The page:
Hillmon has had an outstanding career for the Wolverines and is averaging 20.6 points and 9.1 rebounds this season. She is shooting 57.3% from the field, but the fact that she doesn’t have a 3-point shot is a concern. However, Dallas might value her strong motor and relentlessness.
NC State | Center | 6-foot-5 | senior
Signing veteran center Stefanie Dolson as a free agent gave the Liberty some needed size and championship experience. That might make it less likely that New York looks to a center with this pick. However, the Liberty might see Cunane as being enough like Dolson to make them a strong pairing to sub for each other, as Dolson averaged 20 minutes per game last season. Cunane is averaging 13.2 points and 7.7 rebounds while shooting 51.4% from the field and 83.7% from the line for the ACC-leading Wolfpack.
Florida Gulf Coast | Guard | 6-foot-1 | junior
Hard to know how the Wings can really cram in any more young players, but maybe it is worth them taking a shot at Bell. She’s currently out with a meniscus injury, but the junior already has said she is declaring for the draft. She has been a scoring machine for the Eagles (23.4 PPG this season, 24.3 last season) since transferring from Ohio State, where she was an all-Big Ten freshman. How Bell’s skills transfer from the ASUN conference to the pros is a question. Still, she has good size and strength at 6-1.
Georgia Tech | Forward | 6-foot-4 | senior
The Fever’s roster the past couple of seasons has seemed like mismatched furniture as the team was stuck in limbo between full-on rebuilding and relying on veterans to try to stay marginally competitive. The result has been single-digit victory totals in four of their last five seasons. Dunn has to figure out what this team is supposed to look like and what it’s going to try to be really good at. Maybe defense? Cubaj won’t blow you away with her scoring (10.9 PPG), but she’s a key component on one of the best defensive teams in Division I this season and a very strong rebounder (11.2 RPG).
UConn | Guard | 5-foot-11 | senior
Will the Lynx go to the UConn well once again? Maya Moore (2011), Napheesa Collier (2019) and Crystal Dangerfield (2020) were all Huskies who won the Rookie of the Year award after being drafted by Minnesota. Williams has been in the spotlight since arriving at UConn as the top recruit in her class, and sometimes she has been caught in the glare. But she’s a talented player (15.2 PPG) who might thrive at the next level.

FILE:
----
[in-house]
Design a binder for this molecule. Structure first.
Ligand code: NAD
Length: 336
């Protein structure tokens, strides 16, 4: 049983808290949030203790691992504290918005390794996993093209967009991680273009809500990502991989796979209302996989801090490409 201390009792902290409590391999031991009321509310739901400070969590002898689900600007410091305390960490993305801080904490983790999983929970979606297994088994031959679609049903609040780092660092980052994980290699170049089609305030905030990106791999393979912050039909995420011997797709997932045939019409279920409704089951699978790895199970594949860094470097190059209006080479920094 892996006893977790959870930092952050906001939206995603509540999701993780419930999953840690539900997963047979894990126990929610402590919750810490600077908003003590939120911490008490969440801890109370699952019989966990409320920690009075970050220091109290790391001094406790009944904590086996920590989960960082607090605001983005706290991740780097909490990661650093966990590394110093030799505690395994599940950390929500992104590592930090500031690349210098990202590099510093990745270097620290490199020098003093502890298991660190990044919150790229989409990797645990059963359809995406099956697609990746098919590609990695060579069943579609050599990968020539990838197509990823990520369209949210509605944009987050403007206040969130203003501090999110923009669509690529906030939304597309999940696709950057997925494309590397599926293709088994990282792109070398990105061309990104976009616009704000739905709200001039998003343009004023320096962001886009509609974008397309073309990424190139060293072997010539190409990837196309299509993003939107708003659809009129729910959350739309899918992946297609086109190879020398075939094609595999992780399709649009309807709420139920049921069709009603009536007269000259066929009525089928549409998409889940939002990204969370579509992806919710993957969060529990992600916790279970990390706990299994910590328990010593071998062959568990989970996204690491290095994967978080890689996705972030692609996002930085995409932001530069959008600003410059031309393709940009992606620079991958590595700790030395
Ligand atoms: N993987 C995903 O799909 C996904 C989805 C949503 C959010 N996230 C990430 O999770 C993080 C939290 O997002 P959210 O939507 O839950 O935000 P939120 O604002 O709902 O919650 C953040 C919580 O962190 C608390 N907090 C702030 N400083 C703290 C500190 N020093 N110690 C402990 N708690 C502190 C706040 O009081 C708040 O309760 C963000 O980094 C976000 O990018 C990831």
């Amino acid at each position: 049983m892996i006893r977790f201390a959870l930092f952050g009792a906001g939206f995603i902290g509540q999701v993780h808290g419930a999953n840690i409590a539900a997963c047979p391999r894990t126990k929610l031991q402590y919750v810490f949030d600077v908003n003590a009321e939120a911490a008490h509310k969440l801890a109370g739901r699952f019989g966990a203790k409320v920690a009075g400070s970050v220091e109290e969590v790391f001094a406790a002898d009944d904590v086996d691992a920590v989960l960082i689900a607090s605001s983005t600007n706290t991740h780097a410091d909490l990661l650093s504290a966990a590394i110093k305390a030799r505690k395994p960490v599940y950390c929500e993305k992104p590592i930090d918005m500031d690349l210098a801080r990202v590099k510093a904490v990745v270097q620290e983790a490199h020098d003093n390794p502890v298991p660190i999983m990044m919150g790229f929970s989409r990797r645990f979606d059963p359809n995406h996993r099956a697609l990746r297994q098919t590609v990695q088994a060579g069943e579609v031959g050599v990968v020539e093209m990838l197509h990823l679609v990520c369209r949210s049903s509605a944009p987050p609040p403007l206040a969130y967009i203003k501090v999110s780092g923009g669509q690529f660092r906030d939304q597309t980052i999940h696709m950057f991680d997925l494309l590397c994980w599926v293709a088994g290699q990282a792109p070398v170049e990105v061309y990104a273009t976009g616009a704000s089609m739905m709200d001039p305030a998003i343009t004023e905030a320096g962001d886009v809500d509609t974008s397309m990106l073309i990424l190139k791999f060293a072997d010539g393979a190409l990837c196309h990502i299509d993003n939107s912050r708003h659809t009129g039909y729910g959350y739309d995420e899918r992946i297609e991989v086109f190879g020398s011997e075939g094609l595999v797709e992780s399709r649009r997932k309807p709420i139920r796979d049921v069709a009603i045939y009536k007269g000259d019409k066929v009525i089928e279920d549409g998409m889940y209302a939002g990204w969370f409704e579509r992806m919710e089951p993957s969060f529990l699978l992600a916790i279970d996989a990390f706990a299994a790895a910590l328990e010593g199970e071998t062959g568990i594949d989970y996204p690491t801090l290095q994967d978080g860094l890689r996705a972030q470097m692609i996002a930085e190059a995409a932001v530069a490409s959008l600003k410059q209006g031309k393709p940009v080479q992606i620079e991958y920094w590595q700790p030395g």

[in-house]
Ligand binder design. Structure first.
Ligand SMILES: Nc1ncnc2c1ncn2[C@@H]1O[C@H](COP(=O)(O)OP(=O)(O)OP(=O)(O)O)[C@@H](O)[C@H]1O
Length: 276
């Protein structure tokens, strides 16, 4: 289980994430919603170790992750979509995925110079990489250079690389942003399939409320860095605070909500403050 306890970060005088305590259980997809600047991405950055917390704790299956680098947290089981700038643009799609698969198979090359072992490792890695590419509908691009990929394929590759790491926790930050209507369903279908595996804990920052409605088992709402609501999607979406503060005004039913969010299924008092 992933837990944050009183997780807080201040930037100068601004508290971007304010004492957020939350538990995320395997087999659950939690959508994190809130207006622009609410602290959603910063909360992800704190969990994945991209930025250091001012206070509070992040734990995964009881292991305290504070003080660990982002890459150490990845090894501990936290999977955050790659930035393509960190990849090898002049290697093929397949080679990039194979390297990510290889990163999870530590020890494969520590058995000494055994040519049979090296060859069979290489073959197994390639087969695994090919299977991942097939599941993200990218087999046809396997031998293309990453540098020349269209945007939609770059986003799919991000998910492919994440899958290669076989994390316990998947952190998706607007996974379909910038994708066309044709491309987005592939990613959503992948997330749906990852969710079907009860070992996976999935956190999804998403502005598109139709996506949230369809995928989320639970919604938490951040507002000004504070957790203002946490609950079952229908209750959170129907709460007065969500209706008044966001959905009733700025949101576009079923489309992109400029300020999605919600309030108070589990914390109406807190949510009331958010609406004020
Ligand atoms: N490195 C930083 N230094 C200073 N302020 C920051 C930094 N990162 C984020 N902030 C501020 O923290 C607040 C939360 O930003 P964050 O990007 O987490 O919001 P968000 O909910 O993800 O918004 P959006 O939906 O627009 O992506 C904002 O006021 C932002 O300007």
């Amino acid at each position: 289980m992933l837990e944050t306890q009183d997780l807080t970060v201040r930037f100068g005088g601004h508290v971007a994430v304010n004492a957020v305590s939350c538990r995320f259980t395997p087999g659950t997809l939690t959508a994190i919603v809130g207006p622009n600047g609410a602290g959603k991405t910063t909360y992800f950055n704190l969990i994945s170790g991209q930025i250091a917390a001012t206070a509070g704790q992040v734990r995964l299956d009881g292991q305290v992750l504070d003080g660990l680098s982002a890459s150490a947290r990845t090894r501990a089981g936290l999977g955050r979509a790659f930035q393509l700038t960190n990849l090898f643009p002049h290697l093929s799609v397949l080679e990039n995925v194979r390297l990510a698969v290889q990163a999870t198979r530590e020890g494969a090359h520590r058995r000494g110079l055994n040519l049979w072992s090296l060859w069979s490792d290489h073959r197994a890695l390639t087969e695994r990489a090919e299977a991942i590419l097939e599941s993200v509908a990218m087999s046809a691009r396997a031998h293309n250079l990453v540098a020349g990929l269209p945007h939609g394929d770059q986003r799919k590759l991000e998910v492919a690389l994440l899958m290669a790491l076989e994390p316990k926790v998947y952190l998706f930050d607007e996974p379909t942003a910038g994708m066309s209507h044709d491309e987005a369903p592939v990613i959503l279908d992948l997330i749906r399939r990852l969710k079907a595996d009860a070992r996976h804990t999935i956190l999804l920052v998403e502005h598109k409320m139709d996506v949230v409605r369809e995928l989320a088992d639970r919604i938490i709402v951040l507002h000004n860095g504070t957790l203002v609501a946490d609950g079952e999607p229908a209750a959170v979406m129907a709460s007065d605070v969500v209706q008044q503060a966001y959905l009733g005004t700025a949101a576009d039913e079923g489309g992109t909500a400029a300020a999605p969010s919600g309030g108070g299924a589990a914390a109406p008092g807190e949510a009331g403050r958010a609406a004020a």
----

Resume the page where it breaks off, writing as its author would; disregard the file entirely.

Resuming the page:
UConn | Forward | 6-foot-5 | senior
Somewhat like UConn teammate Williams, there has probably been more emphasis put on what Nelson-Ododa hasn’t done than what she has accomplished at UConn. She is averaging 10.0 points and 8.2 rebounds, and UConn alums’ considerable success in the WNBA has to work in her favor for teams evaluating her.
Baylor | Center | 6-foot-3 | senior
The way that Egbo has played in the past three games — with double-doubles and shooting just less than 59% from the field — is what makes her such an intriguing player. But the post’s three games before that were the opposite, as she totaled just 12 points and 15 rebounds, making 2 of 13 shots from the field. Perhaps her potential is worth this pick for the Fever.
Northwestern | Guard| 5-foot-9 | senior
The Aces currently have sort of a GM-by-committee approach as new coach Becky Hammon prepares to take over the team. Burton, a two-time Big Ten defensive player of the year, is averaging 17.9 points, 5.4 rebounds, 6.4 assists and 3.9 steals this season and is the kind of hustle player Hammon can identify with from her playing days.
South Carolina | Guard| 5-foot-7 | senior
If Henderson is still available, the Sun might see her as a good addition to their guard corps with her speed, playmaking ability and defensive prowess. She is averaging 11.1 points, 3.7 rebounds and 4.2 assists for the top-ranked Gamecocks.